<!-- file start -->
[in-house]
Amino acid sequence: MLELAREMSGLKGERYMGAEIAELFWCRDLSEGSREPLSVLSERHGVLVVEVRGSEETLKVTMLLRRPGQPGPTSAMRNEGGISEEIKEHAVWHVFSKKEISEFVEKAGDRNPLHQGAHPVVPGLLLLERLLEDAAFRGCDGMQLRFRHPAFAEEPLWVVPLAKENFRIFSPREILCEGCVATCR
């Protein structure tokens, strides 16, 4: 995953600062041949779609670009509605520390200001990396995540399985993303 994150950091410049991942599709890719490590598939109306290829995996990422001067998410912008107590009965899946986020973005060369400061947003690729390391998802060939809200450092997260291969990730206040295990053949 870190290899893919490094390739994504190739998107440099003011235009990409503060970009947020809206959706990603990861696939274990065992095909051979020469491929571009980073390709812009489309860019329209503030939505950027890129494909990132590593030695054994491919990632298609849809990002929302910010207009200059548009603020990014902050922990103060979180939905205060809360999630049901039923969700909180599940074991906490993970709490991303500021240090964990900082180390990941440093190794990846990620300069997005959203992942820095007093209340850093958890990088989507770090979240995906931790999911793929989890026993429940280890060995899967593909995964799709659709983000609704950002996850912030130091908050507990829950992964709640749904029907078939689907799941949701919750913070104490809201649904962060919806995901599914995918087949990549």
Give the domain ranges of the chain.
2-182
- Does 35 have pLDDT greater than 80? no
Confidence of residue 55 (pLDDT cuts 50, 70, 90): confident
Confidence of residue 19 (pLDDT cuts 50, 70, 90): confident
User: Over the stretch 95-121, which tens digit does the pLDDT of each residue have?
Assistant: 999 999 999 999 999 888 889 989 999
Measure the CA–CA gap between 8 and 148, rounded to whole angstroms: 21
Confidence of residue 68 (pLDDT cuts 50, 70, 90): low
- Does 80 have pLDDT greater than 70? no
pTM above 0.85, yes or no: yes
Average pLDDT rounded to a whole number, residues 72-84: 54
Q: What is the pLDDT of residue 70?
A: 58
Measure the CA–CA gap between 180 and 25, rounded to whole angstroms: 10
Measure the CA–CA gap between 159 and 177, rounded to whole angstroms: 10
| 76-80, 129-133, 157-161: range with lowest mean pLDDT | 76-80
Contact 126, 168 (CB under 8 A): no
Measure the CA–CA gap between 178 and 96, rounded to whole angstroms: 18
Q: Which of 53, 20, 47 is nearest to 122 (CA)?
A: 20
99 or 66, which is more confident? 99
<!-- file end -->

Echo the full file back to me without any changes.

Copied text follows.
[in-house]
Amino acid sequence: MLELAREMSGLKGERYMGAEIAELFWCRDLSEGSREPLSVLSERHGVLVVEVRGSEETLKVTMLLRRPGQPGPTSAMRNEGGISEEIKEHAVWHVFSKKEISEFVEKAGDRNPLHQGAHPVVPGLLLLERLLEDAAFRGCDGMQLRFRHPAFAEEPLWVVPLAKENFRIFSPREILCEGCVATCR
């Protein structure tokens, strides 16, 4: 995953600062041949779609670009509605520390200001990396995540399985993303 994150950091410049991942599709890719490590598939109306290829995996990422001067998410912008107590009965899946986020973005060369400061947003690729390391998802060939809200450092997260291969990730206040295990053949 870190290899893919490094390739994504190739998107440099003011235009990409503060970009947020809206959706990603990861696939274990065992095909051979020469491929571009980073390709812009489309860019329209503030939505950027890129494909990132590593030695054994491919990632298609849809990002929302910010207009200059548009603020990014902050922990103060979180939905205060809360999630049901039923969700909180599940074991906490993970709490991303500021240090964990900082180390990941440093190794990846990620300069997005959203992942820095007093209340850093958890990088989507770090979240995906931790999911793929989890026993429940280890060995899967593909995964799709659709983000609704950002996850912030130091908050507990829950992964709640749904029907078939689907799941949701919750913070104490809201649904962060919806995901599914995918087949990549």
Give the domain ranges of the chain.
2-182
- Does 35 have pLDDT greater than 80? no
Confidence of residue 55 (pLDDT cuts 50, 70, 90): confident
Confidence of residue 19 (pLDDT cuts 50, 70, 90): confident
User: Over the stretch 95-121, which tens digit does the pLDDT of each residue have?
Assistant: 999 999 999 999 999 888 889 989 999
Measure the CA–CA gap between 8 and 148, rounded to whole angstroms: 21
Confidence of residue 68 (pLDDT cuts 50, 70, 90): low
- Does 80 have pLDDT greater than 70? no
pTM above 0.85, yes or no: yes
Average pLDDT rounded to a whole number, residues 72-84: 54
Q: What is the pLDDT of residue 70?
A: 58
Measure the CA–CA gap between 180 and 25, rounded to whole angstroms: 10
Measure the CA–CA gap between 159 and 177, rounded to whole angstroms: 10
| 76-80, 129-133, 157-161: range with lowest mean pLDDT | 76-80
Contact 126, 168 (CB under 8 A): no
Measure the CA–CA gap between 178 and 96, rounded to whole angstroms: 18
Q: Which of 53, 20, 47 is nearest to 122 (CA)?
A: 20
99 or 66, which is more confident? 99